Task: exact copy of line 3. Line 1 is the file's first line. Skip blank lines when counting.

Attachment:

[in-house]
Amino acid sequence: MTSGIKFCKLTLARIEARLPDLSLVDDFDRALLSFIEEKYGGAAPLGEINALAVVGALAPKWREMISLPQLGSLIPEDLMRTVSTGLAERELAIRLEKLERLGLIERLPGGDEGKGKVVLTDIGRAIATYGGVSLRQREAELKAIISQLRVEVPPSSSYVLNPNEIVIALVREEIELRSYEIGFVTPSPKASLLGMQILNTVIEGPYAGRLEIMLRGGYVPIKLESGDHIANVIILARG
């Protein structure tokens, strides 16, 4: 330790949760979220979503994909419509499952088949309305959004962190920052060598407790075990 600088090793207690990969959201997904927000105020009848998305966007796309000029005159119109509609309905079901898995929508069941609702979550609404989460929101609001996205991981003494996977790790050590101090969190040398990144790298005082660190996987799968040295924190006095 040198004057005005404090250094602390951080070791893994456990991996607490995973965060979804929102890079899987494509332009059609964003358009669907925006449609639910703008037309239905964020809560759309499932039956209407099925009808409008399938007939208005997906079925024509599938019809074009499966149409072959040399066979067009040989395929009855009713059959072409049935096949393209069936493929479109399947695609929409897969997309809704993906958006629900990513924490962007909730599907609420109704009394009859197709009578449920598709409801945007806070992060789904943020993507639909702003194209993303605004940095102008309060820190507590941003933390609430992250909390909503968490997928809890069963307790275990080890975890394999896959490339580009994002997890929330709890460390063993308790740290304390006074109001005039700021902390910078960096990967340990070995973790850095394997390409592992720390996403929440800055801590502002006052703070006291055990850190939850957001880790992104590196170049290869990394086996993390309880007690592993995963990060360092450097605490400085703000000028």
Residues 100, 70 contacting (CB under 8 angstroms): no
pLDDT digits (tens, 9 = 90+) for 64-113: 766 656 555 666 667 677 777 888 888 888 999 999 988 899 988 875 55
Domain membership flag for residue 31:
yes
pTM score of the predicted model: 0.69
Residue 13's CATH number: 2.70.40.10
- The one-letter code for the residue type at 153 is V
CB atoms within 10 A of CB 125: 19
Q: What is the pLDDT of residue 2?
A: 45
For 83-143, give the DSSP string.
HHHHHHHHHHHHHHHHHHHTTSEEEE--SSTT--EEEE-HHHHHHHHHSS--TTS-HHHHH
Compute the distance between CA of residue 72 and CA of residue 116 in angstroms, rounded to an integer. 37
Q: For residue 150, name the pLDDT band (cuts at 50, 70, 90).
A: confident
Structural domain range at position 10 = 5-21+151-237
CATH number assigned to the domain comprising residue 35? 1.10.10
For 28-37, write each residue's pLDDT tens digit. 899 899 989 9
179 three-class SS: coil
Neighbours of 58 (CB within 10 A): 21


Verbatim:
């Protein structure tokens, strides 16, 4: 330790949760979220979503994909419509499952088949309305959004962190920052060598407790075990 600088090793207690990969959201997904927000105020009848998305966007796309000029005159119109509609309905079901898995929508069941609702979550609404989460929101609001996205991981003494996977790790050590101090969190040398990144790298005082660190996987799968040295924190006095 040198004057005005404090250094602390951080070791893994456990991996607490995973965060979804929102890079899987494509332009059609964003358009669907925006449609639910703008037309239905964020809560759309499932039956209407099925009808409008399938007939208005997906079925024509599938019809074009499966149409072959040399066979067009040989395929009855009713059959072409049935096949393209069936493929479109399947695609929409897969997309809704993906958006629900990513924490962007909730599907609420109704009394009859197709009578449920598709409801945007806070992060789904943020993507639909702003194209993303605004940095102008309060820190507590941003933390609430992250909390909503968490997928809890069963307790275990080890975890394999896959490339580009994002997890929330709890460390063993308790740290304390006074109001005039700021902390910078960096990967340990070995973790850095394997390409592992720390996403929440800055801590502002006052703070006291055990850190939850957001880790992104590196170049290869990394086996993390309880007690592993995963990060360092450097605490400085703000000028």